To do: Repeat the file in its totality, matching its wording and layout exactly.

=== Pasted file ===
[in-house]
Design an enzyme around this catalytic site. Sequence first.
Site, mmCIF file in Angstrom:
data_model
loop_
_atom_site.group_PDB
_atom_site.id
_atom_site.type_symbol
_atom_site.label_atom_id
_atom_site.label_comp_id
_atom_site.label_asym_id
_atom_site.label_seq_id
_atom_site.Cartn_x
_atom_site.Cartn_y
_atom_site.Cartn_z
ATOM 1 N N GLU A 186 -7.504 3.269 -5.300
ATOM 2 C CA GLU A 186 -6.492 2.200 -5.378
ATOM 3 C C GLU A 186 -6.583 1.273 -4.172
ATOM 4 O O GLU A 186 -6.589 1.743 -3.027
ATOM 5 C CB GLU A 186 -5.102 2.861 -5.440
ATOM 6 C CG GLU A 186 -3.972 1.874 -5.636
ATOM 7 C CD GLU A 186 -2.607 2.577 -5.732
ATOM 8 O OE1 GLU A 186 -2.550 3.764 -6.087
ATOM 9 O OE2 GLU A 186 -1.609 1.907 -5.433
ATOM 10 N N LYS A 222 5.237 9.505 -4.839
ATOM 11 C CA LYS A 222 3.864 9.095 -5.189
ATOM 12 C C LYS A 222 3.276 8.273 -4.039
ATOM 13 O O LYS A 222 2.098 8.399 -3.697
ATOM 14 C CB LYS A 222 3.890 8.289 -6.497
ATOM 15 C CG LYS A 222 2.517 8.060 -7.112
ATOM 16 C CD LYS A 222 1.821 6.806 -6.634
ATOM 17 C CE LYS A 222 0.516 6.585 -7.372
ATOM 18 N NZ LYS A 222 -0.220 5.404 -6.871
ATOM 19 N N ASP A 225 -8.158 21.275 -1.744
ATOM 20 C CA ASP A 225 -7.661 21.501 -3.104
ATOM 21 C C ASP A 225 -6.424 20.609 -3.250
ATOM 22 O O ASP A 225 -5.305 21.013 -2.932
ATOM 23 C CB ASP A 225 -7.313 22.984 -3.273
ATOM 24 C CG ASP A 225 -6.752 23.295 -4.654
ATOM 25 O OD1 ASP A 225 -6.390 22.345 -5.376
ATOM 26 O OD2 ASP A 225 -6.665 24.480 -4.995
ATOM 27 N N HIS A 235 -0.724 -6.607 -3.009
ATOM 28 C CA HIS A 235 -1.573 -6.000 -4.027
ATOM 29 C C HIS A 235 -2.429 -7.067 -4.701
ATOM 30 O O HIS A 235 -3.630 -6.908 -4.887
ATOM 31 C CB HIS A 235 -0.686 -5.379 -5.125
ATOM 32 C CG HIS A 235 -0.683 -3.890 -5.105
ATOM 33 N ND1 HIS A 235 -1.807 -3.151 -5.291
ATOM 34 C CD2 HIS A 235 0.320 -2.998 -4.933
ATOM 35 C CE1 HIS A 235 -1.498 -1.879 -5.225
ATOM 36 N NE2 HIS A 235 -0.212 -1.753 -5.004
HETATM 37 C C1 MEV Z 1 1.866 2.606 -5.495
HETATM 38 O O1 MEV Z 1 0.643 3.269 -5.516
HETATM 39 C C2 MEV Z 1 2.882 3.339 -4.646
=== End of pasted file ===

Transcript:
[in-house]
Design an enzyme around this catalytic site. Sequence first.
Site, mmCIF file in Angstrom:
data_model
loop_
_atom_site.group_PDB
_atom_site.id
_atom_site.type_symbol
_atom_site.label_atom_id
_atom_site.label_comp_id
_atom_site.label_asym_id
_atom_site.label_seq_id
_atom_site.Cartn_x
_atom_site.Cartn_y
_atom_site.Cartn_z
ATOM 1 N N GLU A 186 -7.504 3.269 -5.300
ATOM 2 C CA GLU A 186 -6.492 2.200 -5.378
ATOM 3 C C GLU A 186 -6.583 1.273 -4.172
ATOM 4 O O GLU A 186 -6.589 1.743 -3.027
ATOM 5 C CB GLU A 186 -5.102 2.861 -5.440
ATOM 6 C CG GLU A 186 -3.972 1.874 -5.636
ATOM 7 C CD GLU A 186 -2.607 2.577 -5.732
ATOM 8 O OE1 GLU A 186 -2.550 3.764 -6.087
ATOM 9 O OE2 GLU A 186 -1.609 1.907 -5.433
ATOM 10 N N LYS A 222 5.237 9.505 -4.839
ATOM 11 C CA LYS A 222 3.864 9.095 -5.189
ATOM 12 C C LYS A 222 3.276 8.273 -4.039
ATOM 13 O O LYS A 222 2.098 8.399 -3.697
ATOM 14 C CB LYS A 222 3.890 8.289 -6.497
ATOM 15 C CG LYS A 222 2.517 8.060 -7.112
ATOM 16 C CD LYS A 222 1.821 6.806 -6.634
ATOM 17 C CE LYS A 222 0.516 6.585 -7.372
ATOM 18 N NZ LYS A 222 -0.220 5.404 -6.871
ATOM 19 N N ASP A 225 -8.158 21.275 -1.744
ATOM 20 C CA ASP A 225 -7.661 21.501 -3.104
ATOM 21 C C ASP A 225 -6.424 20.609 -3.250
ATOM 22 O O ASP A 225 -5.305 21.013 -2.932
ATOM 23 C CB ASP A 225 -7.313 22.984 -3.273
ATOM 24 C CG ASP A 225 -6.752 23.295 -4.654
ATOM 25 O OD1 ASP A 225 -6.390 22.345 -5.376
ATOM 26 O OD2 ASP A 225 -6.665 24.480 -4.995
ATOM 27 N N HIS A 235 -0.724 -6.607 -3.009
ATOM 28 C CA HIS A 235 -1.573 -6.000 -4.027
ATOM 29 C C HIS A 235 -2.429 -7.067 -4.701
ATOM 30 O O HIS A 235 -3.630 -6.908 -4.887
ATOM 31 C CB HIS A 235 -0.686 -5.379 -5.125
ATOM 32 C CG HIS A 235 -0.683 -3.890 -5.105
ATOM 33 N ND1 HIS A 235 -1.807 -3.151 -5.291
ATOM 34 C CD2 HIS A 235 0.320 -2.998 -4.933
ATOM 35 C CE1 HIS A 235 -1.498 -1.879 -5.225
ATOM 36 N NE2 HIS A 235 -0.212 -1.753 -5.004
HETATM 37 C C1 MEV Z 1 1.866 2.606 -5.495
HETATM 38 O O1 MEV Z 1 0.643 3.269 -5.516
HETATM 39 C C2 MEV Z 1 2.882 3.339 -4.646